"People are sick of the elites and artsy people running the show. It's time for some lunch pail, blue-collar people."
Don Cherry, cited in the Toronto Star, December 3, 2010, explaining his endorsement of policeman/politician Julian Fantino and his appearance at the inaugural meeting of Toronto Council to celebrate the election of Rob Ford.
Where to begin to untangle so much confusion and drivel in so few words? How about an edition of the CBC's "The Debaters" on Mr. Cherry's pronouncement. It shouldn't take long and could easily replace a segment of Coach's Corner.
Arguing first for Cherry's analysis would be Julian Fantino, whose blue collar credentials includes being the Ontario Police Commissioner, Toronto Chief of Police, London Chief of Police and senior bureaucrat for the Province of Ontario. Next will be Rob Ford, the new Toronto mayor, son of a former MPP whose work experience consists of the family business, described by his election bio as a "multi-million dollar North American enterprise," and politics.
Also in the affirmative are the media elites who give Mr. Cherry and a substantial number of other social conservatives national media platforms to express their biases.
Taking the negative view of Don Cherry's assault on artsy elites is...
The Liberals were certainly against Fantino and Ford, except they wanted the police chief as their candidate before the Tories recruited him, and George Smitherman's election platform wasn't all that different from Ford's.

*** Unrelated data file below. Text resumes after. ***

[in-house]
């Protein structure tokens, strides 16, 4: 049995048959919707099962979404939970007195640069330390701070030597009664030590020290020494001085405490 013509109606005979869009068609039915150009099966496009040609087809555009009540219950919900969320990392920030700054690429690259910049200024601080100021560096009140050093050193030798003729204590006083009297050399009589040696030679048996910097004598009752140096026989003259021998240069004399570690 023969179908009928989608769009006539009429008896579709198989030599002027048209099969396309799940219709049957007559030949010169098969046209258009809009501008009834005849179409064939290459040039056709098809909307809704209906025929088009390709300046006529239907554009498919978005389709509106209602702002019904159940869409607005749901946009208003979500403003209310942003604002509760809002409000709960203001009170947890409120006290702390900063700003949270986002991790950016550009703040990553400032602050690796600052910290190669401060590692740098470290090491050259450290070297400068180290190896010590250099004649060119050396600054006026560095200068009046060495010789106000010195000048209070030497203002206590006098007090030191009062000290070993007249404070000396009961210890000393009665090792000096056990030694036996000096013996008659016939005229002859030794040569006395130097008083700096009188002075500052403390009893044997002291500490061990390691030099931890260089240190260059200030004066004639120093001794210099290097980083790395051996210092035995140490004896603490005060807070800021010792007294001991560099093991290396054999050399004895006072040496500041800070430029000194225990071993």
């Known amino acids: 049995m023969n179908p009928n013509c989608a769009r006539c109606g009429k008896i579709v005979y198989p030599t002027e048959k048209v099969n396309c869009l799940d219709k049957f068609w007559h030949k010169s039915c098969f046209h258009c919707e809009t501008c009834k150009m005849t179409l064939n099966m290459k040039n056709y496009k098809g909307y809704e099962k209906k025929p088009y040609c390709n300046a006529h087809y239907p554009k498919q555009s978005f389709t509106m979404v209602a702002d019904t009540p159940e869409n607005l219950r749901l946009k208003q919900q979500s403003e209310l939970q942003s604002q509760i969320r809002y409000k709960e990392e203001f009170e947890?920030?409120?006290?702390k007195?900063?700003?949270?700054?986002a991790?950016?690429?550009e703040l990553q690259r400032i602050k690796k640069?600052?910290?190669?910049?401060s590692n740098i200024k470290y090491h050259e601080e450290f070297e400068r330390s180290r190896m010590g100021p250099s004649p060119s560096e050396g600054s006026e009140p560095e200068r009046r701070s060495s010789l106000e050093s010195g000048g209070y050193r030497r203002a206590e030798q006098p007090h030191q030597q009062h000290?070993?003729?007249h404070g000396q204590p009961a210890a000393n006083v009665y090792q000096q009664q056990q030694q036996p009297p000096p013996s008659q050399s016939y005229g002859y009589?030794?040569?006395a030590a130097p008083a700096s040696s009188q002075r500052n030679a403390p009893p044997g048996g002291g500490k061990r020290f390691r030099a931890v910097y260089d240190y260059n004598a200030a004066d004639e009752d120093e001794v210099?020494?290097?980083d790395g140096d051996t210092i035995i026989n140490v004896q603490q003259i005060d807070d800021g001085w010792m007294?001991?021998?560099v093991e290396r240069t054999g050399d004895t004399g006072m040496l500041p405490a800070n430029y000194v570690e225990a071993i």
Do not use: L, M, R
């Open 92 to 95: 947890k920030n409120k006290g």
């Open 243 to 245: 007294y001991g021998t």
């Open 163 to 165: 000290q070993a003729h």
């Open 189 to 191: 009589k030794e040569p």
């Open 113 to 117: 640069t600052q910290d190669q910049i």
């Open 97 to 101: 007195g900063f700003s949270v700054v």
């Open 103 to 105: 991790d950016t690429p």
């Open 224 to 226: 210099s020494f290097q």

How about a media personality from the CBC with a solid analysis of economic inequality and how elites are more privileged than ever after the failures of the free market? There is Jian Ghomeshi who is on the radio weekday mornings. He seems reasonable and informed, but he is pretty artsy.
So who should answer Mr. Cherry's line of reasoning? A real blue collar worker might be just what Mr. Cherry ordered up. Except that might mean hearing what trade unionists have to say about the elites - and, plainly, that would be most improbable.
Now, audience, who is the winner? For Mr. Cherry: applause. For the other view: the sound of one hand clapping.
Thank you for reading this story…
More people are reading rabble.ca than ever and unlike many news organizations, we have never put up a paywall – at rabble we’ve always believed in making our reporting and analysis free to all, while striving to make it sustainable as well. Media isn’t free to produce. rabble’s total budget is likely less than what big corporate media spend on photocopying (we kid you not!) and we do not have any major foundation, sponsor or angel investor. Our main supporters are people and organizations -- like you. This is why we need your help. You are what keep us sustainable.
rabble.ca has staked its existence on you. We live or die on community support -- your support! We get hundreds of thousands of visitors and we believe in them. We believe in you. We believe people will put in what they can for the greater good. We call that sustainable.
So what is the easy answer for us? Depend on a community of visitors who care passionately about media that amplifies the voices of people struggling for change and justice. It really is that simple. When the people who visit rabble care enough to contribute a bit then it works for everyone.
And so we’re asking you if you could make a donation, right now, to help us carry forward on our mission. Make a donation today.